Province HouseHistory of Province House
Province House has been the seat of Prince Edward Island's Legislative Assembly since 1847. It is Canada's second oldest active legislative building, after that of Nova Scotia.
Prior to the construction of Province House, or the Colonial Building as it was originally called, PEI's Legislature met in homes, taverns and, for over three decades prior to the completion of the Colonial Building, in the Plaw Building, which also housed the Court House. In 1837 Lieutenant Governor Harvey noted that Charlottetown lacked a solid and well constructed edifice for the deposit and safe custody of all Public Records. He set aside £5,000 for the construction of a building that would house both the Legislative Council and the House of Assembly, as well as offices and storage for public records. Later it was decided that the Supreme Court would also be given space in the building, and a further £5,000 was assigned to the project. A public design competition was won by builder Isaac Smith, and construction began in 1843.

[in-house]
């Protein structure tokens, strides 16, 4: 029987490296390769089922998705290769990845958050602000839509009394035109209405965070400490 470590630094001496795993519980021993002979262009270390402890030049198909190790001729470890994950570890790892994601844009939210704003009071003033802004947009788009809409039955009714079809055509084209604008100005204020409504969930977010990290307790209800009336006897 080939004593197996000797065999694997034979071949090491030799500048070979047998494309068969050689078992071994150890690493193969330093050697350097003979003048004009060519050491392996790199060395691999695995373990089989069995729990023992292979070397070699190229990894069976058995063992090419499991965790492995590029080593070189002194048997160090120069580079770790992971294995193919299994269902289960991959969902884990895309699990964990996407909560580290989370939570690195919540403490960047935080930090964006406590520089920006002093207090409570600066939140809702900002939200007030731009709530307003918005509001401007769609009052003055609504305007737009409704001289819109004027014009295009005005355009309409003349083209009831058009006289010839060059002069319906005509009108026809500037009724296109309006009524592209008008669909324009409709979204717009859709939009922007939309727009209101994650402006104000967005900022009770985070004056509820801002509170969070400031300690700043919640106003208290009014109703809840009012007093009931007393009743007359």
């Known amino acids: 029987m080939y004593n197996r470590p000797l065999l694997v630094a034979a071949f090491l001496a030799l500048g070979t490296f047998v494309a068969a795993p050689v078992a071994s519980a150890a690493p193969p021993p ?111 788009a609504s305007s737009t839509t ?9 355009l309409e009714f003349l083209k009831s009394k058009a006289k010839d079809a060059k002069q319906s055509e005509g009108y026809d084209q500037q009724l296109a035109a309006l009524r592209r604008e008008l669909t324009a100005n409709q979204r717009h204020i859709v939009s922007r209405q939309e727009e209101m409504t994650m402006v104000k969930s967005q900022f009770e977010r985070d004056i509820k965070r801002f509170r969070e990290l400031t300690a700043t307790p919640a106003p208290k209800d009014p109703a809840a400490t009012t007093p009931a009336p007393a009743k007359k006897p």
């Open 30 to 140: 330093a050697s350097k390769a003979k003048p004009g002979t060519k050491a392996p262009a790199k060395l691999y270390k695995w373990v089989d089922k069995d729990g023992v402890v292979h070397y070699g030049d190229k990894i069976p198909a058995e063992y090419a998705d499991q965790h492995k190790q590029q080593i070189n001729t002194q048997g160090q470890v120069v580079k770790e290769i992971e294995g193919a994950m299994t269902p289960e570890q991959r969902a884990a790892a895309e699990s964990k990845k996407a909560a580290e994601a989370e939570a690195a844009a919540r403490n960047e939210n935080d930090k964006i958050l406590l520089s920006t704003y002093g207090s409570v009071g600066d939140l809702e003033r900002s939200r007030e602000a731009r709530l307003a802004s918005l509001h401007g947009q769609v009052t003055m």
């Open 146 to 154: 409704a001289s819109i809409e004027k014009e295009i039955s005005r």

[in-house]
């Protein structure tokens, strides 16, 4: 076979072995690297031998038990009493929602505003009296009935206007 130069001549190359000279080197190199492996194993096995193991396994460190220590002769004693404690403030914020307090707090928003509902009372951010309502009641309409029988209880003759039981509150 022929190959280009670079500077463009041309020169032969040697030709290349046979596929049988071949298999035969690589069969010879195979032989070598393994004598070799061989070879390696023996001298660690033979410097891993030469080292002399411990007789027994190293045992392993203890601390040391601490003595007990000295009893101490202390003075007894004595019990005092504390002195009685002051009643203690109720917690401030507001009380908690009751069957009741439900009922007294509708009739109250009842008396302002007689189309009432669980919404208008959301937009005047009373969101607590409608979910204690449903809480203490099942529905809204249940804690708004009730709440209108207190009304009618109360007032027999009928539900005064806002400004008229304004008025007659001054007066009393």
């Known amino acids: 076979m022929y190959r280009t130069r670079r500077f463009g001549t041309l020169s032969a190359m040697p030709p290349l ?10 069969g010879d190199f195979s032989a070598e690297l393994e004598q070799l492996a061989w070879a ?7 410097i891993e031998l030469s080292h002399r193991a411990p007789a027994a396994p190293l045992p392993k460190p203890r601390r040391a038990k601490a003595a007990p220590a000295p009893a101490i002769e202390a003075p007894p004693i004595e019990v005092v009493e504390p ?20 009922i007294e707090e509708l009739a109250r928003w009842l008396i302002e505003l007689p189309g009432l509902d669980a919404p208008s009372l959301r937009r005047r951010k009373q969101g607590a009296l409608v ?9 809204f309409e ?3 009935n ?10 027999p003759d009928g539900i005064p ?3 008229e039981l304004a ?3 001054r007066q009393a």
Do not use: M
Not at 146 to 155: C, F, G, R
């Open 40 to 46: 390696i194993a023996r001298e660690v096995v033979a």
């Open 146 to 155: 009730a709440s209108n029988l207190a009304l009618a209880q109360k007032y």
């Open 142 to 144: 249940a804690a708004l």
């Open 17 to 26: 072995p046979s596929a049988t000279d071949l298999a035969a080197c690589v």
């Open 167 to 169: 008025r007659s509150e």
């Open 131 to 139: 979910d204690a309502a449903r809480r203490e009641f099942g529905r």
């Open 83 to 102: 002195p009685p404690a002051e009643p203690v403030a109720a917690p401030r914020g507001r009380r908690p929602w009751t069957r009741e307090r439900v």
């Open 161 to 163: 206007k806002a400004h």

Province House was built of stone to make it more resistant to fire, with brick vaults to house records. Contracts for labour and materials were awarded to Island businesses, with the exception of the stone used for the exterior walls, which came from Nova Scotia. The beginning of construction in May, 1843, was marked with a parade, music, speeches and the laying of a cornerstone by Lieutenant Governor Sir Henry Vere Huntley. The finished building comprised a cellar and three stories; a central staircase divided each floor into east and west corridors, with offices on north and south sides. Larger rooms such as the Legislative Council Chamber and House of Assembly on the second floor, and the Supreme Court on the first floor, were located at the corridors’ end. The Legislature first met in the Province House on January 26, 1847, and the finishing touches were completed in 1848. Province House was built in the Classical Revival (or neoclassical) style and is comparable to public buildings in other colonies of the time.